Every fall, I deliver a presentation at Harvard’s iLab, open to the community, on what makes the Boston startup scene so special. It has become a nice opportunity to step back and appreciate all the rich resources entrepreneurs have at their fingertips in the Boston community. Here is this year’s version (which I’m delivering this afternoon), complete with a lot of updated content and data on our local tech hub:
Massachusetts is the land of colleges with over 114 high education institutions, and nearly 250,000 students calling it home. These students represent an extraordinary talent pool that gets exposed to the local innovation ecosystem. Ideally, many of these students will stay in the greater Boston area upon graduation to pursue further education, their careers, and build their lives.
However, there are also many students who leave, namely for opportunities in other attractive locales, such as New York and San Francisco. Because the flow of students in and out of Massachusetts is such a strategic issue for the state, we wanted to take a deeper look into which schools did the best job of retaining students as a way to understand how the region generally can retain its valued, young talent.
In the past, it was difficult to get access to reliable data on this issue. But, today, LinkedIn (soon to be Microsoft LinkedIn!) is a nearly universal professional directory and has an accessible API from which to pull data. Thus, we used LinkedIn’s API to look at some of the better known and largest of the Massachusetts-based schools to see where graduates were locating post-graduation. Here’s what we learned.
Bentley Rules, With Northeastern a Close Second
In the chart below, you can see what our analysis showed across a range of thirteen of the more popular schools in the state. We analyzed the percentage of graduates from each institution who are currently living in the Greater Boston Area, a data set that includes over 1.1 million professionals.
As you can see, the school on this list that retains the most graduates was Bentley University, where 59 percent of recent alumni are in the greater Boston, followed closely by Northeastern. At the other end of the spectrum are Williams and Amherst, who both actually see higher numbers of alumni in NYC than Boston. Williams and Amherst have 22 percent and 24 percent of alumni in NYC, respectively, as compared to only 13 percent in Boston.
Bentley is an interesting case study; it draws a national and international student population, perhaps because it performs so highly on many major rankings. Bentley was ranked No. 5 in the U.S. by The Economist for value (defined as median earnings as compared to expected earnings based on a wide range of factors) and No. 10 for undergraduate business schools by Bloomberg.
Why would some schools be better at retaining their graduates in state than others? One obvious driver for this discrepancy between schools is where the students originate from. If a school has more Massachusetts-based incoming freshman, they will probably have more people who stick around over time. Again, thanks to the LinkedIn API, we ran those numbers too using the same data set of 1.1 million alumni. Here’s what we found.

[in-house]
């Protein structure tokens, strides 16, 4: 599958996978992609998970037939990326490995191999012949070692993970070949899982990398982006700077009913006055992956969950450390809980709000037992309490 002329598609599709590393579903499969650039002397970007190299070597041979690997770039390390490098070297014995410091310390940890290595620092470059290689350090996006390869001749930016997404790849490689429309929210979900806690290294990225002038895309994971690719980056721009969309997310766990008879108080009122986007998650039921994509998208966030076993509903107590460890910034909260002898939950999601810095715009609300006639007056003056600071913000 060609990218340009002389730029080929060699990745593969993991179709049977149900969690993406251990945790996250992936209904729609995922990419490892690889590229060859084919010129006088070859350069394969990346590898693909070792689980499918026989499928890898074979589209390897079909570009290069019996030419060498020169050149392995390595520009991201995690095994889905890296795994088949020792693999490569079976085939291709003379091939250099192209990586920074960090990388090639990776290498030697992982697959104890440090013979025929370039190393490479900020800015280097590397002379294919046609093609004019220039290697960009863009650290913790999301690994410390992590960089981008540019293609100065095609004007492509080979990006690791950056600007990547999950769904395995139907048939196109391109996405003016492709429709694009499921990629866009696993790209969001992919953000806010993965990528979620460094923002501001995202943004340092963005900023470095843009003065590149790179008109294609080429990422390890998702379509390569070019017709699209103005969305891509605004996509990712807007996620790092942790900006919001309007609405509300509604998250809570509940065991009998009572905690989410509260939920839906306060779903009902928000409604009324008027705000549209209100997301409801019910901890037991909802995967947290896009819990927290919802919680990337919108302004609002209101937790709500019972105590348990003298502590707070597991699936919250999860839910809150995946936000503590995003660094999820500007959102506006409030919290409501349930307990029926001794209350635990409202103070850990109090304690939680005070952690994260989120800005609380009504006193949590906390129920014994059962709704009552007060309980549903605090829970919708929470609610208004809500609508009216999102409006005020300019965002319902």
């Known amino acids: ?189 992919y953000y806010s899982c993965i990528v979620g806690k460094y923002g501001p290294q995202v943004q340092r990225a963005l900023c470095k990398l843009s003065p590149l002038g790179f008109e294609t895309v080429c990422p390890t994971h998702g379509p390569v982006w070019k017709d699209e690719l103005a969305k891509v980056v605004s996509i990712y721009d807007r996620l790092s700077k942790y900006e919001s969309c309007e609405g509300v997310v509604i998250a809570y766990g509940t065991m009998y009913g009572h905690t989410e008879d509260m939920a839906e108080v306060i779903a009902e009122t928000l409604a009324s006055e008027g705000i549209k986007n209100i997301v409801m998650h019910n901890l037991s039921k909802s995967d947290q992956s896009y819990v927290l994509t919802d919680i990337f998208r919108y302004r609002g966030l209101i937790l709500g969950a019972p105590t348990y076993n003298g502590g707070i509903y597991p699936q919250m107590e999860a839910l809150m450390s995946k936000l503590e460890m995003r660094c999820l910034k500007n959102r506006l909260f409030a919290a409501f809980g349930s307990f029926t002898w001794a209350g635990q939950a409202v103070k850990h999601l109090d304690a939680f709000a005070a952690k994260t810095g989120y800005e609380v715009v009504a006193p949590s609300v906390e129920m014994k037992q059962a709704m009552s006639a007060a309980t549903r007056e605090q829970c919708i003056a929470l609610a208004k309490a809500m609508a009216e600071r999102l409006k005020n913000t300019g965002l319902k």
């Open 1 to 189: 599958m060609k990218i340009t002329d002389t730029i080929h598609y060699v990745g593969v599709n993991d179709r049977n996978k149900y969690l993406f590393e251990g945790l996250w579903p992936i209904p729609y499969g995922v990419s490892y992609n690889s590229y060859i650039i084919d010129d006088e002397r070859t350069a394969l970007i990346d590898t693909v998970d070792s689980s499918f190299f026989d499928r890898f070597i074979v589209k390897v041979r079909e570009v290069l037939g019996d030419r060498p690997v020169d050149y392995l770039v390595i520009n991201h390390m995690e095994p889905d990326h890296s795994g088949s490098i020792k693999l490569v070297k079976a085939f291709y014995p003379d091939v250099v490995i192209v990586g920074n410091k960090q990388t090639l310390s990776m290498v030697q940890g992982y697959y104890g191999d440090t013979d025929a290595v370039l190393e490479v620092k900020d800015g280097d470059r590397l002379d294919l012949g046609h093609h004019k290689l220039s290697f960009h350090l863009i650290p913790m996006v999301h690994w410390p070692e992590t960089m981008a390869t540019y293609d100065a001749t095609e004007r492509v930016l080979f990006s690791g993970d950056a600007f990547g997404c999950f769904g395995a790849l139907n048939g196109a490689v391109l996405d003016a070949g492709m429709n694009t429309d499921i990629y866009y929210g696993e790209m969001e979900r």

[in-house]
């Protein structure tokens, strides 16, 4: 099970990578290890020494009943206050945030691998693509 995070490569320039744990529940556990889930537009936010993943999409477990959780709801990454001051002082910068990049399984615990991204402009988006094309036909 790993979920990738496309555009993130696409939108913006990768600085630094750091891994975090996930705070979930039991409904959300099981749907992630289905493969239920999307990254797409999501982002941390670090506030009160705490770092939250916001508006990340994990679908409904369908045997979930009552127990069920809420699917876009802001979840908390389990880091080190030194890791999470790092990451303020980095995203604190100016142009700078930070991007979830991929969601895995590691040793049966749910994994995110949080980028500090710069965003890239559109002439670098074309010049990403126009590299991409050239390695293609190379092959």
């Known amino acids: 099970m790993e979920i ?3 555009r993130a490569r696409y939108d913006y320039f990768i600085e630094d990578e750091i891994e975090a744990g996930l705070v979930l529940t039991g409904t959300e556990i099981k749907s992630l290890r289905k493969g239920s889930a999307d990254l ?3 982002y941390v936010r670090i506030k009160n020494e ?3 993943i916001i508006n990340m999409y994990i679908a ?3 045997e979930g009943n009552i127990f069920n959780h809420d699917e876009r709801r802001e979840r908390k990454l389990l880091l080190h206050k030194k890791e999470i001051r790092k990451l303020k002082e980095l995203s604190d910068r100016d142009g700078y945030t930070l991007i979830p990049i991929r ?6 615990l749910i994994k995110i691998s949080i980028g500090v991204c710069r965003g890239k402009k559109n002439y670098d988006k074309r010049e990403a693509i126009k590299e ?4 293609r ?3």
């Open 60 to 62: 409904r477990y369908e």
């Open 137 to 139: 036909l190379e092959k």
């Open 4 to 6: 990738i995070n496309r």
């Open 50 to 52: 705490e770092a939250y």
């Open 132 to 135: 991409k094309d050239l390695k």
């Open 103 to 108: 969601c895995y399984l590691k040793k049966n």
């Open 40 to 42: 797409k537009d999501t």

Northeastern Rules on a Relative Basis, UMass Amherst Is a Negative Outlier
This next chart measures the percentage of students who come from in state minus the percentage of alumni living in the Boston area.
Looking at the numbers on a relative basis, Northeastern is the stronger contributor to the state’s talent pool. At Bentley, 45 percent of students come from in state, and 59 percent of alumni are in Boston currently, which means that the school provides a net contribution of talent to the state of 14 percent.
UMass Amherst is a massive outlier – although the vast majority of their students come from in state, nearly half their alumni find from in state currently find themselves living outside of Boston.
It is interesting to see that nearly every single school on this list is a net contributor to the collective Massachusetts ecosystem. In other words, putting aside UMass, nearly every school sees more students stick around Boston then grew up here. MIT draws from only 10% in state students yet nearly 21 percent of MIT alumni are currently living here in Boston, thus a gain of 11 percent of their 117,000 alumni – a talented cohort that makes a substantial contributor to the local economy.
Why else might a school be a more positive contributor to the local economy? Recruiting patterns and school ranking could also be a factor. Students from world-renowned universities like Harvard and MIT attract global employers. The graduating students are thus sought out by companies from all over the world who are willing to go to great lengths to recruit these students (e.g., Google and Facebook are particularly aggressive recruiters at those two schools).
Overall, Boston is a great place to get an education, and a great place to stay to build your professional career. It’s clear that the ecosystem of colleges and universities contributes by bringing in great talent who stay after graduation. While these numbers are encouraging in the aggregate, we hope they will allow individual institutions to set higher targets and provide greater transparency. If each school were open in sharing their data (perhaps a statewide version of what the Obama administration has emphasized with their Open Data Initiative, College Scorecard), we could monitor this over time. As many undergraduate business school students know, paraphrasing management guru Peter Drucker, what gets measured gets done.